Second Life of a Hungarian SharePoint Geek

May 25, 2011

Using Visual Studio Watch window to discover managed client object model internals

Filed under: Managed Client OM, SP 2010, Visual Studio — Tags: , , — Peter Holpar @ 18:01

In my former post I wrote about using Fiddler to analyze the network traffic generated by the client object model. Although personally I think it is a great way to discover the object model internal working, there are tools that many of .NET developers are more familiar with, for example, Visual Studio itself.

The Watch window in Visual Studio a useful tool to look into the details of objects, especially as it allows you to check the values of non-public class members as well as public ones.

In this post I show you some of the objects / properties I suggest you to watch when you would like to have a deeper knowledge about the client OM.

For the example I use one of the simple codes used in the previous post (of course, you should replace the URL before running the code):

  1. ClientContext clientContext =
  2.   new ClientContext("http://pholparlaptop");
  3. Web web = clientContext.Web;
  4. ListCollection lists = web.Lists;
  5. List list = lists.GetByTitle("Links");
  6. clientContext.ExecuteQuery();

Put a breakpoint to the first line, then start debugging the application.

When the execution is stopped at the breakpoint, add the following items to the Watch window:

  • clientContext
  • clientContext.ObjectPaths
  • clientContext.PendingRequest.Actions
  • list.Path

Then step through the code line by line and see how the values are changing.

In the clientContext you can see (among others) the version on the OM, the application name, the timeout value (in milliseconds), and a single static object, that is the RequestContext (Microsoft.SharePoint.SPContext). As we have learnt that is sent as a standard part of each request.


As you step through the code you can see how the number of items in the clientContext.ObjectPaths generic Dictionary and clientContext.PendingRequest.Actions generic List changes. Usually as you refer new objects in the code, a new item is created for both. This way the context aggregates what it should do and with which objects on execution. The figures below show the state just before calling the ExecuteQuery method.



After ExecuteQuery has finished, the clientContext.PendingRequest.Actions list is reset, as there are no more pending actions for the current context.

There is an other change either after query execution (see below), that the last item of the ObjectPaths is changed from ObjectPathMethod to ObjectPathIdentity. Remember, that in Fiddler it was an action of ObjectIdentityQuery (it is Microsoft.SharePoint.Client.ObjectIdentityQuery as shown in the Watch window above for the last item of clientContext.PendingRequest.Actions) that referred to a Method subnode of ObjectPaths (related .NET class is Microsoft.SharePoint.Client.ObjectPathMethod as displayed in the Watch window above for the last item of clientContext.ObjectPaths).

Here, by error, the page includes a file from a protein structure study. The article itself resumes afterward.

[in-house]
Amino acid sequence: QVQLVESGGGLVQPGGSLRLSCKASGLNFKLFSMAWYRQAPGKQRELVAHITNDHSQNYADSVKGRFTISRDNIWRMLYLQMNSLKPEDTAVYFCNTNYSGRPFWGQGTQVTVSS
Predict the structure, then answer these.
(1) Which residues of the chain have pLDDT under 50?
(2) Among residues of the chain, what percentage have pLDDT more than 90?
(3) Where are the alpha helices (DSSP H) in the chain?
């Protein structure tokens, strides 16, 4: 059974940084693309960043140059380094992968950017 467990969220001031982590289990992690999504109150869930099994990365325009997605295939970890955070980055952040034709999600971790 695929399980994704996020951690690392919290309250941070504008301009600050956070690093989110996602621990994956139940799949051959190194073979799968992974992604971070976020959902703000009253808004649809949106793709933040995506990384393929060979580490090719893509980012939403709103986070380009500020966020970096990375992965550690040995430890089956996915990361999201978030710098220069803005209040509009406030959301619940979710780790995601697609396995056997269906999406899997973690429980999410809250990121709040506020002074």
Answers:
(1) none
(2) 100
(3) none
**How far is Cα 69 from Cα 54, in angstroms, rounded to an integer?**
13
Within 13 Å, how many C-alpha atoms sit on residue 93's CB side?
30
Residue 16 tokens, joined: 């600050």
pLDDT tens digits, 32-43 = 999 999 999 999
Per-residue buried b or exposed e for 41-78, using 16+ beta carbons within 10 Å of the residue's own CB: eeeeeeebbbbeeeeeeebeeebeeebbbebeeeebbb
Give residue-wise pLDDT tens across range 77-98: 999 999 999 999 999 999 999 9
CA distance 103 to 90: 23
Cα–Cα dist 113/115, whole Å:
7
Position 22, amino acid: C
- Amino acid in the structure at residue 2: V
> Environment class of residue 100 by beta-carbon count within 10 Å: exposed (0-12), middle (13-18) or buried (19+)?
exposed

The next screenshot illustrates that the relation between the actions and object paths we observed in Fiddler is reflected in the object hierarchy as well. The key for the relation is the Path property of the action that refers to the object path.


The image bellow shows some useful information observable in the Watch window. This time the static root object (m_parentId = –1, Parent = null) is displayed. Note the non-public m_propertyName and m_typeId properties having the same values we saw in the former post.


And the next one is for a standard ObjectPathProperty. See the non-public m_PropertyName with value “Web”, and the m_ParentId = 1. It means the object path refers to the Web property of the root context.


The next two figures show the response, the “standalone” ObjectPathIdentity object (m_parentId = –1, Parent = null)created on successful query execution. Note the Identity property that refers the list using the canonical ID.

The first screenshot has been taken from clientContext.ObjectPaths dictionary (note the item has an index of 3), while the second one is from a direct “addressing” the same item from the Dictionary by adding clientContext.ObjectPaths[3] to the watched names.

In fact, if you happen to use an index that refers to an ID that does not exist in the object paths (like clientContext.ObjectPaths[2]), an exception of type ‘System.Collections.Generic.KeyNotFoundException’   is thrown, although there is an item having index 2 in the clientContext.ObjectPaths watch. It is due to a general Dictionary behavior, not a client OM specific one, but you should be aware of this. The reason for it is that the Key of the dictionary is the Id property of the Value.



Now compare this values to the ones you can see for list.Path. The Path property is the same as above. It means the result is loaded to the list object.


In the next post I plan to dig even deeper describing the internal working of the client OM (both client and server side). This knowledge will help us to do some really fancy things using the framework provided by the managed client object model infrastructure.


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